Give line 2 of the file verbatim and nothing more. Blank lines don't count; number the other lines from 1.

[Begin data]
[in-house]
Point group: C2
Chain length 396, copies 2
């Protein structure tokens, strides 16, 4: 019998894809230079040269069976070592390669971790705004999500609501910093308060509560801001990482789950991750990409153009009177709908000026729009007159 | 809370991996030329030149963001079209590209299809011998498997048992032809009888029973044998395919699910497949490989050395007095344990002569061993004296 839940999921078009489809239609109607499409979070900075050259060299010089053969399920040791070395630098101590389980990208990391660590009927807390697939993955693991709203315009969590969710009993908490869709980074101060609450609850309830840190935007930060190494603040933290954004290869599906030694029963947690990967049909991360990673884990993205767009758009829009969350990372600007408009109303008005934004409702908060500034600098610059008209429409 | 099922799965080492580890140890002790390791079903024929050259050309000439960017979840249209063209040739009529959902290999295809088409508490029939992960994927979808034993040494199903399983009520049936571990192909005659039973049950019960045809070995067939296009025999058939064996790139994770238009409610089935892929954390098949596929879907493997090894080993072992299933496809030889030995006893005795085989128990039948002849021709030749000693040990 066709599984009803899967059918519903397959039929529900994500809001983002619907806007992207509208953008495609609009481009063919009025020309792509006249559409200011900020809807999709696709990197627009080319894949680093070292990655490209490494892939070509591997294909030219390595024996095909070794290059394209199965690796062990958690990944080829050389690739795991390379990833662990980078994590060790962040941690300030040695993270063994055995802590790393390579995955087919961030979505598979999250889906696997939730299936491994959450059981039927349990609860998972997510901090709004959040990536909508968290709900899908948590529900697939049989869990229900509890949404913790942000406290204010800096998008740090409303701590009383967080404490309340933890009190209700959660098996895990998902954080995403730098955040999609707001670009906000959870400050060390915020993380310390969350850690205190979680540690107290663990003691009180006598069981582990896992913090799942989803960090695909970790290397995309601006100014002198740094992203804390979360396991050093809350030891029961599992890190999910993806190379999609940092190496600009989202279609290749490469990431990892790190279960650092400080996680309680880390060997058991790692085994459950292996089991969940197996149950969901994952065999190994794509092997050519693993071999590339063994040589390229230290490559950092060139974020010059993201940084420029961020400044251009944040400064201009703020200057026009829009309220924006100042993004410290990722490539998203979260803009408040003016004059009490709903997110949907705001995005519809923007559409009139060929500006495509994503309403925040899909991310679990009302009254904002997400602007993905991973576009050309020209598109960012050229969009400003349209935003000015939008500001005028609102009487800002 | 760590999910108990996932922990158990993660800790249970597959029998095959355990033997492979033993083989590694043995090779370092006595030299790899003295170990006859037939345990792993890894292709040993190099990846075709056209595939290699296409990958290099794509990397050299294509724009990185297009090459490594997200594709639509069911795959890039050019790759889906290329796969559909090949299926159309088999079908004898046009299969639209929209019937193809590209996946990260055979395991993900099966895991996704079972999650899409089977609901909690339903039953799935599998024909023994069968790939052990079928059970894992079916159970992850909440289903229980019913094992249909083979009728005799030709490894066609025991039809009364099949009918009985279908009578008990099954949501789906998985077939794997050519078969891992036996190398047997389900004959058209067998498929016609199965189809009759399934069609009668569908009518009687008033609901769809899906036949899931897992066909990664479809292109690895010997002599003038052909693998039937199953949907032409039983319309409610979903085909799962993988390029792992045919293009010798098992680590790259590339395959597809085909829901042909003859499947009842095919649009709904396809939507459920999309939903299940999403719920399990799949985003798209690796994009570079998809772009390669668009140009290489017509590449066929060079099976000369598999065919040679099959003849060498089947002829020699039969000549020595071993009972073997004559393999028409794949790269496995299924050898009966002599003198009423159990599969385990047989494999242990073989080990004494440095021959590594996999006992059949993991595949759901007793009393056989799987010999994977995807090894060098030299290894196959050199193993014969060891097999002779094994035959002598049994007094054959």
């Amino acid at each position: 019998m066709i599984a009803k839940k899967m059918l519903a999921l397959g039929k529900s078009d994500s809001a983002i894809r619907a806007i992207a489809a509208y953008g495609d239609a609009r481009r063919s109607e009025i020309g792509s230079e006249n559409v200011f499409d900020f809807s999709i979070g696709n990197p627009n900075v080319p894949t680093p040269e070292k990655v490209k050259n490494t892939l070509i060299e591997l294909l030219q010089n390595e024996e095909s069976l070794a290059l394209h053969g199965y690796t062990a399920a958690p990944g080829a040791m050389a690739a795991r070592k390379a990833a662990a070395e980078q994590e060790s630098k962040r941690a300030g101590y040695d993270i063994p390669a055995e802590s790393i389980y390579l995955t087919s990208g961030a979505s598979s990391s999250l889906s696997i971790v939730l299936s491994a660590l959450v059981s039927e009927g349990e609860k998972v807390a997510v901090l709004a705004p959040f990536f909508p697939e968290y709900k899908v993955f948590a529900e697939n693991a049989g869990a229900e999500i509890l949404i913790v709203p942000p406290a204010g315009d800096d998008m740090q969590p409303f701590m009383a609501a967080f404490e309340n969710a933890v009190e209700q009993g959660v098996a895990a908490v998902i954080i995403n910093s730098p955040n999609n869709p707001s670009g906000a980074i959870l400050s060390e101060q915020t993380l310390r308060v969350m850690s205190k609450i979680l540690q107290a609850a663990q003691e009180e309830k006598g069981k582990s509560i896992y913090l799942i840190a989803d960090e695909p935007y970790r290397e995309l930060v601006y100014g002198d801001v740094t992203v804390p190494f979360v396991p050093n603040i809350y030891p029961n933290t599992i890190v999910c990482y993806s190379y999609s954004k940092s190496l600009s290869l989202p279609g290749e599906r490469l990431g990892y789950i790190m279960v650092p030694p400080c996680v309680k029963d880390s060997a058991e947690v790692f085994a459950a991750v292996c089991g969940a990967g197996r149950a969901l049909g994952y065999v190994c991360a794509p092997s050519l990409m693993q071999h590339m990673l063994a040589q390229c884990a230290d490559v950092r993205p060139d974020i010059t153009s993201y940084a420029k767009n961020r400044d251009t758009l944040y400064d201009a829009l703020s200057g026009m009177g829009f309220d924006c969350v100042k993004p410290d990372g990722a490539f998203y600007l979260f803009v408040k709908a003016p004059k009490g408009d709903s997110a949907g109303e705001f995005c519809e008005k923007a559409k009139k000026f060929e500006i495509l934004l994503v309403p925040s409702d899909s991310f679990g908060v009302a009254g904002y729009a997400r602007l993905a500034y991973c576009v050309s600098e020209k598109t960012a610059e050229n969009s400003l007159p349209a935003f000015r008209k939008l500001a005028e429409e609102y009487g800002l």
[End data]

Point group: C2